Synonyms

    • (employ, apply, utilize): apply, employ, engage, utilise, utilize
    • (exploit): exploit, take advantage of

    Derived terms

    Translations

    References

    • use in Webster’s Revised Unabridged Dictionary, G. & C. Merriam, 1913.

    Anagrams

    • ESU, EUS, SEU, Sue, UEs, sue, ues

    Alemannic German

    Alternative forms

    • ussa, usse, uuse

    Etymology

    Contraction of us + hii.

    Pronunciation

    • (Zurich) IPA(key): /ˈuzə/

    Adverb

    use

    1. out
      • 1903, Robert Walser, Der Teich:
        Aber i muess pressiere, daß i bald fertig wirde. Nächär chani use go spiele.

        But I need to hurry so I can finish soon. Then I can go out and play.

    Asturian

    Verb

    use

    1. first/third-person singular present subjunctive of usar

    Chuukese

    Etymology

    From u- +‎ -se.

    Pronoun

    use

    1. I do not

    Adjective

    use

    1. I am not
    2. I was not

    Related terms


    French

    Pronunciation

    • IPA(key): /yz/

    Verb

    use

    1. first/third-person singular present indicative of user
    2. first/third-person singular present subjunctive of user
    3. second-person singular imperative of user

    Anagrams

    • eus, sue, sué

    Italian

    Pronunciation

    • IPA(key): /ˈu.ze/
    • Rhymes: -uze

    Adjective

    use

    1. feminine plural of uso

    Anagrams

    • Sue, sue

    Latin

    Pronunciation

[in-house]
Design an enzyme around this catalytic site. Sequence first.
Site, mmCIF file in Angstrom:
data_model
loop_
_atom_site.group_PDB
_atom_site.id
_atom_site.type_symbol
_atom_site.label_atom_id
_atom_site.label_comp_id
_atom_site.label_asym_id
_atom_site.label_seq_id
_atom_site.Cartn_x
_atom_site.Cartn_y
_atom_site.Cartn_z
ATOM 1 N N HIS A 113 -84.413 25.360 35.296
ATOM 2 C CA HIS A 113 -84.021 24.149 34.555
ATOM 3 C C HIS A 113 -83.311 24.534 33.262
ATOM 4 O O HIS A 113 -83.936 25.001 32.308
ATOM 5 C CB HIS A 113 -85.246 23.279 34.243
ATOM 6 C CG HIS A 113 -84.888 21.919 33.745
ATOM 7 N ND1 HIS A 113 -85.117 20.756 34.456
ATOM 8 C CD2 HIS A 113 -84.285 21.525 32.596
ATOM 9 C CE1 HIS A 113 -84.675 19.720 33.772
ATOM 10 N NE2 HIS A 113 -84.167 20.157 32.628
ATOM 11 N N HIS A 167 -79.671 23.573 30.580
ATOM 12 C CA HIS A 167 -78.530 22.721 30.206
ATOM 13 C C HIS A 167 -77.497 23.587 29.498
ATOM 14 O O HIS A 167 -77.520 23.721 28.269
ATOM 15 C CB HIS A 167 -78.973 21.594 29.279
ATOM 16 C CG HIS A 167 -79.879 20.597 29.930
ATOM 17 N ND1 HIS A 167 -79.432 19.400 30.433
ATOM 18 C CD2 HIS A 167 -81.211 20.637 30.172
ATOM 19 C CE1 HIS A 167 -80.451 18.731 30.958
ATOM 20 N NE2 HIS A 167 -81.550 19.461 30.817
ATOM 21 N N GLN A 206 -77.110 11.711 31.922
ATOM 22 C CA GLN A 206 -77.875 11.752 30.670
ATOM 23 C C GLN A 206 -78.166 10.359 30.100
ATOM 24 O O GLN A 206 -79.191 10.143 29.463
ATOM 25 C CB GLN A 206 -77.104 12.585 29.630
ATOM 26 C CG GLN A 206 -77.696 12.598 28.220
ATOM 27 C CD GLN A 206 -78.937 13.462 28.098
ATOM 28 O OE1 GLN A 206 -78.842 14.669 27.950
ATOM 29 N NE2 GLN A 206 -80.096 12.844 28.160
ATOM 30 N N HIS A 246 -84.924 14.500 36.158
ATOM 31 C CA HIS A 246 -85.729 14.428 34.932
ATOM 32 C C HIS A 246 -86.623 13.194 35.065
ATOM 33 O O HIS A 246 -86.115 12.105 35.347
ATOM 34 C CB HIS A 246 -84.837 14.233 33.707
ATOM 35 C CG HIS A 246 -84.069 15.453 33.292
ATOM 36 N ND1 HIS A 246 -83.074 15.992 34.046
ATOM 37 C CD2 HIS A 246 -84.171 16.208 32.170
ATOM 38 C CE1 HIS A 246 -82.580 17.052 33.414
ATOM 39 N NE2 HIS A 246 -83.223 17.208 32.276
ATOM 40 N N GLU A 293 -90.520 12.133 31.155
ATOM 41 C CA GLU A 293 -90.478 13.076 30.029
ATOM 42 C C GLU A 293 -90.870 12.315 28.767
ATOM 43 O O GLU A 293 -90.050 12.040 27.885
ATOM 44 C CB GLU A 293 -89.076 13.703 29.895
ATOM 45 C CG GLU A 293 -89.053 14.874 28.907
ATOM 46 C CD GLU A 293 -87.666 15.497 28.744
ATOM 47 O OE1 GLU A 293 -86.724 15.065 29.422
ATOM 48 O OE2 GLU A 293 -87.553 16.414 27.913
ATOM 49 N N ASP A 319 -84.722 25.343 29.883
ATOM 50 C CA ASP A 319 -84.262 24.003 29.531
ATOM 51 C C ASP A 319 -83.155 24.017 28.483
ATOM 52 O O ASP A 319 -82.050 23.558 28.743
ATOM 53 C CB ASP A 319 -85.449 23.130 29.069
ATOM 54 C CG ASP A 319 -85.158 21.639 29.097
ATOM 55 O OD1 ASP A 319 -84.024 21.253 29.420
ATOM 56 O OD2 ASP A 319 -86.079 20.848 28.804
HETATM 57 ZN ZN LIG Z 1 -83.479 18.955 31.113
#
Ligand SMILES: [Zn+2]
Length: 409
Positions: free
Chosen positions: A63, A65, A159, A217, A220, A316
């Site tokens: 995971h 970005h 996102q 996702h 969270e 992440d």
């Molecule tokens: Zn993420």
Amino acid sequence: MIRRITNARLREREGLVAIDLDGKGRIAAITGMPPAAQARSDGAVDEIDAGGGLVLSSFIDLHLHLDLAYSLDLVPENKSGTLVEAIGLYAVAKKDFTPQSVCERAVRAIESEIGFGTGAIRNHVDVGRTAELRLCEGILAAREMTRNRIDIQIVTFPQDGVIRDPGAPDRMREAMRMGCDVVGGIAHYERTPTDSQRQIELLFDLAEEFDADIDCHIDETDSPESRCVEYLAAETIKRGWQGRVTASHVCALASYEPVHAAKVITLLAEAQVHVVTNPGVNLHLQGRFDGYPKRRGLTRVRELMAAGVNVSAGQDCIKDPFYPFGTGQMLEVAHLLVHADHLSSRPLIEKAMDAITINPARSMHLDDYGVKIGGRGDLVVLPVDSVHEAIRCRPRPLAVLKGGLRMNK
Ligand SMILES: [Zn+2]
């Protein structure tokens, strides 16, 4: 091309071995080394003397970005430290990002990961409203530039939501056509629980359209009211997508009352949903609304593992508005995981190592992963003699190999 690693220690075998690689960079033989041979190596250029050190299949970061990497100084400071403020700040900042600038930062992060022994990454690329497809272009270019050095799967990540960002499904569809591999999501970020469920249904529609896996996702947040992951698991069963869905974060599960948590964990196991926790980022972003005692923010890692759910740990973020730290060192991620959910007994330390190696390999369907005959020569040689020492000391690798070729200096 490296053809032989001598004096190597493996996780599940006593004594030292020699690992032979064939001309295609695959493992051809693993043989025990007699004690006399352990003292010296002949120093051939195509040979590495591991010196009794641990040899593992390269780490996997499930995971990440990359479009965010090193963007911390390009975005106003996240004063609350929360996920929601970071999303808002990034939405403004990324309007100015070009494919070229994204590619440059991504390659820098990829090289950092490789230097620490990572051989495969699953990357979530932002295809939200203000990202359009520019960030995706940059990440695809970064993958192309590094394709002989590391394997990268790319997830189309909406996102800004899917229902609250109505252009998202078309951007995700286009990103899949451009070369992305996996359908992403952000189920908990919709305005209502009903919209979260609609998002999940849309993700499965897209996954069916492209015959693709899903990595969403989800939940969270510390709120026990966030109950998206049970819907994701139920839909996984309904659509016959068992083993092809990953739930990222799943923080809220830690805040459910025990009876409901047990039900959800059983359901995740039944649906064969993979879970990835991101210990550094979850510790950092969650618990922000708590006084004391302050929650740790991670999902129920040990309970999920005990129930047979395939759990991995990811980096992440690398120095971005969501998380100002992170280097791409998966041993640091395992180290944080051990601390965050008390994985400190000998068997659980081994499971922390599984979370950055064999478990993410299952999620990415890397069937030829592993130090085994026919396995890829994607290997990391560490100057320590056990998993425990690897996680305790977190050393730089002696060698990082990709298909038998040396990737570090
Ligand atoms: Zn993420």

• (Classical) IPA(key): /ˈuː.se/, [ˈuːs̠ɛ]
    • (Ecclesiastical) IPA(key): /ˈu.se/, [ˈuːs̬ɛ]

    Participle

    ūse

    1. vocative masculine singular of ūsus

    Manx

    Etymology

    (This etymology is missing or incomplete. Please add to it, or discuss it at the Etymology scriptorium.)

    Noun

    use m (genitive singular use, plural useyn)

    1. (finance) interest; usury

    Derived terms


    Portuguese

    Verb

    use

    1. first-person singular (eu) present subjunctive of usar
    2. third-person singular (ele and ela, also used with você and others) present subjunctive of usar
    3. third-person singular (você) affirmative imperative of usar
    4. third-person singular (você) negative imperative of usar

    Spanish

    Pronunciation

    • IPA(key): /ˈuse/, [ˈu.se]

    Verb

    use

    1. Formal second-person singular (usted) imperative form of usar.
    2. First-person singular (yo) present subjunctive form of usar.
    3. Formal second-person singular (usted) present subjunctive form of usar.
    4. Third-person singular (él, ella, also used with usted?) present subjunctive form of usar.